How to approach social media like a grown up

I have just come across this presentation made by Sacha Chua for IBM called “Gen Y Guide to Web 2.0 at Work”:

It was linked to from a Read Write Web article called “Why Gen Y is Going to Change the World” which is also worth looking at.

There are many people that feel uncomfortable operating in the public sphere of the web, yet it can reap such fantastic benefits.

5 thoughts on “How to approach social media like a grown up

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  2. Lovely presentation, thanks for link Jo – I think from people I speak to there are two main concerns against moving wholesale into using social media as an established business professional
    1) time it takes (whatever you say about this, it does take more time on top of what you already do in business – and gains can be a long time coming)
    2) I don’t want everyone to know about my personal life.

    People need to feel they can be empowered to create and use social tools to say whatever they want in a range of ways – but the personal and the professional blurring is an area of huge fascination – inevitably it’s not for the many.

  3. @Susi

    The time this is a valid point. When I’m training / mentoring / etc people on using social media tools I work on applying them to their existing practice in the least disruptive manner. As a basic example, if you’re already producing documents and emailing them to people then start putting them in a blog with categories. If you’re producing video as part of your activities start a YouTube account or similar. The biggest problem tends to be people getting too carried away but this tends to settle after a month or so.

    The personal life stuff I’d say isn’t such a problem and interestingly I think Joanna is a great example of this. I know her as a friend and I’m impressed and amused at how she keeps her online life separate from her personal life while still keeping the former very rich. This filtering is easier if you’re blogging about your work – you just treat it in the same way you’d treat any social interaction related to business. You’re still being you, just in a different voice.

    Actually, Jo, it’d be interesting to read something about how you approach this stuff.

  4. Hi guys,

    Thanks for the comments and apologies it has taken me a while to respond.

    I agree with Susi that developing social networks takes time. I can name a handful of people who have joined social networks and left within a week because they saw no real results.

    I guess, like anything that is about building relationships it will inevitably take a bit of time.

    I think this is compounded by the fact that when it comes to the online environment people expect instantaneous results.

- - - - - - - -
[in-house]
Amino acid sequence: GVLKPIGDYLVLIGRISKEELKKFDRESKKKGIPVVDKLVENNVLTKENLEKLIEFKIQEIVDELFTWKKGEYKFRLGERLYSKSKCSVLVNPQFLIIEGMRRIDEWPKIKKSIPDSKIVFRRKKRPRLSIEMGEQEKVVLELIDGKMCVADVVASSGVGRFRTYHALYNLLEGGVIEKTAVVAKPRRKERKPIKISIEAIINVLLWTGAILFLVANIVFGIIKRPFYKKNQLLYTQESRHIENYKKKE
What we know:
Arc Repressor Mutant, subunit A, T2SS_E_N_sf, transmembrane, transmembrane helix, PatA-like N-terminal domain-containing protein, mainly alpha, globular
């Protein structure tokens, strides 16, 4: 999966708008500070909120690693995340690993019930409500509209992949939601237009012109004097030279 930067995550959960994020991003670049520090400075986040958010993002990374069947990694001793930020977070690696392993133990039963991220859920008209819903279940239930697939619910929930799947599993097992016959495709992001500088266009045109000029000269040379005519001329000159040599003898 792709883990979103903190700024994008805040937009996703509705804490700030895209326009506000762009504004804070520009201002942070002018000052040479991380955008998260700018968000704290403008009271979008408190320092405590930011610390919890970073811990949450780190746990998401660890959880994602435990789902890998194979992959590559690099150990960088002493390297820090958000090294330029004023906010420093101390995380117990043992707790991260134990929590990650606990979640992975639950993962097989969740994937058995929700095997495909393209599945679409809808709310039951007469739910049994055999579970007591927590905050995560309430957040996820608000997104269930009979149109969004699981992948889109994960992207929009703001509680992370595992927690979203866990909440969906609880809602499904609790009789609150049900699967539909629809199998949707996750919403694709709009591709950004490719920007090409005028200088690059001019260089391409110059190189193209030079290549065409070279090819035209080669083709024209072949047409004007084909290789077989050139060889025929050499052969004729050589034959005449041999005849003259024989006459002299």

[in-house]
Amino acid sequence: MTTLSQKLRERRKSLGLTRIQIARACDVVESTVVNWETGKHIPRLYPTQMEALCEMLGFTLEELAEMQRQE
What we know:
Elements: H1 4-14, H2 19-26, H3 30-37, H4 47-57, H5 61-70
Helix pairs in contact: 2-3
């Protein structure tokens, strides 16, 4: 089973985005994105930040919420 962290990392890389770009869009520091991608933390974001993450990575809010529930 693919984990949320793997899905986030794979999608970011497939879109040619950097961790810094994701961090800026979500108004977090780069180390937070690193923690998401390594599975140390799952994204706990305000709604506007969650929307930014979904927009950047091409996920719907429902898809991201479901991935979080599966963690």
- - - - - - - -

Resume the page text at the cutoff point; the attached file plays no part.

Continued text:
If you said to people “in order to build your reputation in your profession, you’re going to need to get out and about and meet people”, I think there would be an acceptance that this would take a bit of time and effort.

    Similarly, if you moved to a new town you would probably accept it would take a bit of time to make new friends and acquaintances.

    As social media is based upon getting to know real people, I guess the same sort of patience should apply.

    On the personal life stuff, I do like to think I manage to keep my private and online life pretty separate.

    I’d need to think about this in more detail, but I suspect it’s got something to do with most people assuming that the personal is exactly the same thing as the private, which is not true!

    I think I show my personality online, I sometimes express emotions and I may occasionally talk about things that are personal to me, but only on a level that I’d probably do with work colleagues and acquaintances too.

    I guess the difference is that online material never goes away and anyone can see it. I f I think about it, I suppose there is an element of caution I have when I write things that are more personal. I guess I must be aware of who the “audience” is to some extent…

    …more thought is required on this!

  5. Completely agree that personal and private are not the same. I discuss private stuff with no more than two or three people, if that. At the same time, I think my social-network presence is very personal. I believe this is important, because good relations are built on trust and you cannot trust someone who has no personality.

    One other think to consider about social networks is that people have varying definitions of what is personal/private, so one has to be careful when publishing things that involve others.

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